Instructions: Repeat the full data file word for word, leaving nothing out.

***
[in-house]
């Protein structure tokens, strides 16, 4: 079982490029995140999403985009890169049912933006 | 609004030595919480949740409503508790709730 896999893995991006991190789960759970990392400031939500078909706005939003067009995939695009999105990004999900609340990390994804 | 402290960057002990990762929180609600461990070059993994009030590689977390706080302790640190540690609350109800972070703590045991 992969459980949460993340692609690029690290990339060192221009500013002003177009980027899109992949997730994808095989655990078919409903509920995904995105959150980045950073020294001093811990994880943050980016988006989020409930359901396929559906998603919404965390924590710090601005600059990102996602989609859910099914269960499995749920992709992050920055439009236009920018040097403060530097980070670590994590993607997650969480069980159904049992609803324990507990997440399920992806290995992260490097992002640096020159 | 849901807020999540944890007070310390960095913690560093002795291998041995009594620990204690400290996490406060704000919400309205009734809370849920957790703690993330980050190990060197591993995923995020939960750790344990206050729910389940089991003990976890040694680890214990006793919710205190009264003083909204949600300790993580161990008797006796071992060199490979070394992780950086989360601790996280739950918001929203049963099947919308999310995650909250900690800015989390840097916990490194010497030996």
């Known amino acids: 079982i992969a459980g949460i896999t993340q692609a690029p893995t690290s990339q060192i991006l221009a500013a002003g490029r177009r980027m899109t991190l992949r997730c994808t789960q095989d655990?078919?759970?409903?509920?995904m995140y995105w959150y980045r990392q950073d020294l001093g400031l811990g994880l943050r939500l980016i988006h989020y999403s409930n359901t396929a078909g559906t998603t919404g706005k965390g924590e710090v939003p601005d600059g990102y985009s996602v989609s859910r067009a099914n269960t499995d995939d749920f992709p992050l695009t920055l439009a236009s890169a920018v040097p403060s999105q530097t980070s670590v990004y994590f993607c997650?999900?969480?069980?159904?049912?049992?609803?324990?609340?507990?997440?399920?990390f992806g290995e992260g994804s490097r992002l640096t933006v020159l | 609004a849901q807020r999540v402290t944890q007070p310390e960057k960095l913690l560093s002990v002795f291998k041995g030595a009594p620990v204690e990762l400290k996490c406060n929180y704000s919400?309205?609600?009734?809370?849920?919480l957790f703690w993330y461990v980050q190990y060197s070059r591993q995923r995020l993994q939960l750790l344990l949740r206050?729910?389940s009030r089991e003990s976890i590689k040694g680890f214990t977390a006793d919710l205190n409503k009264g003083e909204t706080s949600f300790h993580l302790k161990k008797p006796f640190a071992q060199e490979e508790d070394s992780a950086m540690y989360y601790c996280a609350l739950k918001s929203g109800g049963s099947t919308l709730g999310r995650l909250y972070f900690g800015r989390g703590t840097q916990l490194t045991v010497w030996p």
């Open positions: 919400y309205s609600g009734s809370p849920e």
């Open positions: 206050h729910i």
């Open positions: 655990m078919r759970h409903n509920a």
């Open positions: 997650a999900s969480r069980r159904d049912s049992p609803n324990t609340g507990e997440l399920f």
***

[in-house]
């Protein structure tokens, strides 16, 4: 079982490029995140999403985009890169049912933006 | 609004030595919480949740409503508790709730 896999893995991006991190789960759970990392400031939500078909706005939003067009995939695009999105990004999900609340990390994804 | 402290960057002990990762929180609600461990070059993994009030590689977390706080302790640190540690609350109800972070703590045991 992969459980949460993340692609690029690290990339060192221009500013002003177009980027899109992949997730994808095989655990078919409903509920995904995105959150980045950073020294001093811990994880943050980016988006989020409930359901396929559906998603919404965390924590710090601005600059990102996602989609859910099914269960499995749920992709992050920055439009236009920018040097403060530097980070670590994590993607997650969480069980159904049992609803324990507990997440399920992806290995992260490097992002640096020159 | 849901807020999540944890007070310390960095913690560093002795291998041995009594620990204690400290996490406060704000919400309205009734809370849920957790703690993330980050190990060197591993995923995020939960750790344990206050729910389940089991003990976890040694680890214990006793919710205190009264003083909204949600300790993580161990008797006796071992060199490979070394992780950086989360601790996280739950918001929203049963099947919308999310995650909250900690800015989390840097916990490194010497030996």
């Known amino acids: 079982i992969a459980g949460i896999t993340q692609a690029p893995t690290s990339q060192i991006l221009a500013a002003g490029r177009r980027m899109t991190l992949r997730c994808t789960q095989d655990?078919?759970?409903?509920?995904m995140y995105w959150y980045r990392q950073d020294l001093g400031l811990g994880l943050r939500l980016i988006h989020y999403s409930n359901t396929a078909g559906t998603t919404g706005k965390g924590e710090v939003p601005d600059g990102y985009s996602v989609s859910r067009a099914n269960t499995d995939d749920f992709p992050l695009t920055l439009a236009s890169a920018v040097p403060s999105q530097t980070s670590v990004y994590f993607c997650?999900?969480?069980?159904?049912?049992?609803?324990?609340?507990?997440?399920?990390f992806g290995e992260g994804s490097r992002l640096t933006v020159l | 609004a849901q807020r999540v402290t944890q007070p310390e960057k960095l913690l560093s002990v002795f291998k041995g030595a009594p620990v204690e990762l400290k996490c406060n929180y704000s919400?309205?609600?009734?809370?849920?919480l957790f703690w993330y461990v980050q190990y060197s070059r591993q995923r995020l993994q939960l750790l344990l949740r206050?729910?389940s009030r089991e003990s976890i590689k040694g680890f214990t977390a006793d919710l205190n409503k009264g003083e909204t706080s949600f300790h993580l302790k161990k008797p006796f640190a071992q060199e490979e508790d070394s992780a950086m540690y989360y601790c996280a609350l739950k918001s929203g109800g049963s099947t919308l709730g999310r995650l909250y972070f900690g800015r989390g703590t840097q916990l490194t045991v010497w030996p």
């Open positions: 919400y309205s609600g009734s809370p849920e």
């Open positions: 206050h729910i």
């Open positions: 655990m078919r759970h409903n509920a």
């Open positions: 997650a999900s969480r069980r159904d049912s049992p609803n324990t609340g507990e997440l399920f």